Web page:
Date of Award:


Document Type:


Degree Name:

Doctor of Philosophy (PhD)




J. Grayson Osborne


This study investigated the stimulus-reinforcer relations possible in matching-to-sample, and determined the extent that each relation contributed in the transfer to subsequent matching-to-sample. Fifty three homing pigeons were autoshaped on a single key, with two stimuli, red and green. Forty eight subjects were then divided equally in 12 groups receiving the experimental treatments, and five subjects served as no-treatment controls. Group assignments were first based on autoshaping to either an identity, non-identity, or identity and non-identity stimulus relation. Each stimulus relation consisted of a center stimulus followed by an outer key stimulus. For identity, the center and outer stimuli were the same. For non-identity the center and outer stimuli were different, The second aspect determining group divisions was the correlation of reinforcement to the stimulus relation; explicitly paired, explicitly unpaired, truly random, or omission (identity only).

The subjects received 10 sessions of autoshaping where each session consisted of 50 exposures to the stimulus sequence correlated with the reinforcement. Subjects were then transferred to an operant task--two color zero-delay matching-to-sample. In matching-to-sample training, the 6-second sample was followed by the presentation of 2 outer key comparison stimuli. The comparisons remained illuminated for 6 seconds or until a response occurred. A response to the matching comparison was reinforced and a response to the non-matching comparison resulted in the inter-trial interval. Sessions consisted of 50 trials.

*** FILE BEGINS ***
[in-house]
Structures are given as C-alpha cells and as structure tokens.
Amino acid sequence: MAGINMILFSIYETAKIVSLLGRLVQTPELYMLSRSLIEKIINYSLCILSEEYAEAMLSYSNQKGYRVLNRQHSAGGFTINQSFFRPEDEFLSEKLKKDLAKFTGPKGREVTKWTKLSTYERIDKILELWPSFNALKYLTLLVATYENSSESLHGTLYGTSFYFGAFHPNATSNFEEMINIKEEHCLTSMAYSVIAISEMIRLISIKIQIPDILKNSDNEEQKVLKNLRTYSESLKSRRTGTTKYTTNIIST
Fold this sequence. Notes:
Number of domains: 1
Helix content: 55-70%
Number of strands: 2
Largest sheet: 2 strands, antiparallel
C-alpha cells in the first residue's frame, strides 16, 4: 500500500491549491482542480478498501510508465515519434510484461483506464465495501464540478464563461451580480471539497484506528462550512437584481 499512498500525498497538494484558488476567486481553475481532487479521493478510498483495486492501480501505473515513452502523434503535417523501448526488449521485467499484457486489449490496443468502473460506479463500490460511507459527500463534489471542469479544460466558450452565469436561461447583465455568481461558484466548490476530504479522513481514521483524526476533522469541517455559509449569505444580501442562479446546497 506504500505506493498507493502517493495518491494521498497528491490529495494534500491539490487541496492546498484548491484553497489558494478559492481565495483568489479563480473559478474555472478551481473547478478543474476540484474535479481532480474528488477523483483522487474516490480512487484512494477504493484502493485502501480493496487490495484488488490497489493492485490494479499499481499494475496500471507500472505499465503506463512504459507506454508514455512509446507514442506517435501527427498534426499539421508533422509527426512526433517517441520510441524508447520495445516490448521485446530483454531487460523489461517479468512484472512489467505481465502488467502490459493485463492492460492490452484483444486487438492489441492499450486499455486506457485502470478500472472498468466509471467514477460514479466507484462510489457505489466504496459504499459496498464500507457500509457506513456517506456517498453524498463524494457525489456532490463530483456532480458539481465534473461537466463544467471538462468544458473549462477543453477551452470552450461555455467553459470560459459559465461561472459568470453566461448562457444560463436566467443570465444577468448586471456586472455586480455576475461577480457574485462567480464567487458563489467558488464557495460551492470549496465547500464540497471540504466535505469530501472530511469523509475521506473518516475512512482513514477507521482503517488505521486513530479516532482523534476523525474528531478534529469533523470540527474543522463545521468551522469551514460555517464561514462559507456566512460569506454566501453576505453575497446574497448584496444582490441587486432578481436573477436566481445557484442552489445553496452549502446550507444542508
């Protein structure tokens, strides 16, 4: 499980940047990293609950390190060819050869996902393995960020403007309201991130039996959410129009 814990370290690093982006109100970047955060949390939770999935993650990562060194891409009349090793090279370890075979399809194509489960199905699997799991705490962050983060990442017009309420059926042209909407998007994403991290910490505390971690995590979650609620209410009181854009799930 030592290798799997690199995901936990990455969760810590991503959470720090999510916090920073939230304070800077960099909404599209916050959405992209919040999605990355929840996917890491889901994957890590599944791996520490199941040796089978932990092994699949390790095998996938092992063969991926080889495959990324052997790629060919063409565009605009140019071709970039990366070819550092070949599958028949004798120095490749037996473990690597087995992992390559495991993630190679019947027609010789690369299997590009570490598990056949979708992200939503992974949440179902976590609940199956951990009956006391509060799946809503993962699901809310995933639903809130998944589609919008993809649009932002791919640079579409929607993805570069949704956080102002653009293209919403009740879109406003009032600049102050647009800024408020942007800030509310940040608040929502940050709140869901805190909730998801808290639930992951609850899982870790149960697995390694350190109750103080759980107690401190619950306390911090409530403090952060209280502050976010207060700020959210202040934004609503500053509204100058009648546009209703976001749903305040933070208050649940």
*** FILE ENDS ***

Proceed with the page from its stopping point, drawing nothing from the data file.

The results from the single stimulus autoshaping sessions revealed that all subjects acquired reliable autoshaping within 150 stimulus-food pairings. The results from the autoshaping sessions revealed that stimulus sequences explicitly paired with food produced reliable responding to both the center and outer stimuli.. No significant differences were observed between center and outer key responding for subjects trained with an explicitly paired food arrangement. Subjects receiving identity stimuli explicitly paired with food and non-identity stimuli explicitly unpaired with food responded differentially to the outer key stimuli, showing control by the identity and non-identity stimulus relations. The truly random, explicitly paired/omission, or explicitly unpaired conditions resulted in center and outer key responses decreasing across sessions.

The results from the matching sessions revealed that only autoshaping discrimination training (identity explicitly paired and non-identity explicitly unpaired with food) facilitated transfer to the operant task. Autoshaping training on a single stimulus relation in matching-to-sample (identity or non-identity) did not facilitate matching transfer. The results from the omission training suggest that the key pecking was very susceptible to operant controls. These data were taken to indicate that exposure to and differential responding in the presence of the conditional discriminative stimuli in matching-to-sample may be necessary for matching performance. Exposure and behaving in the presence of components of matching did not produce matching. Therefore any explanation of matching in terms of learning a single stimulus relation rule may be questioned.



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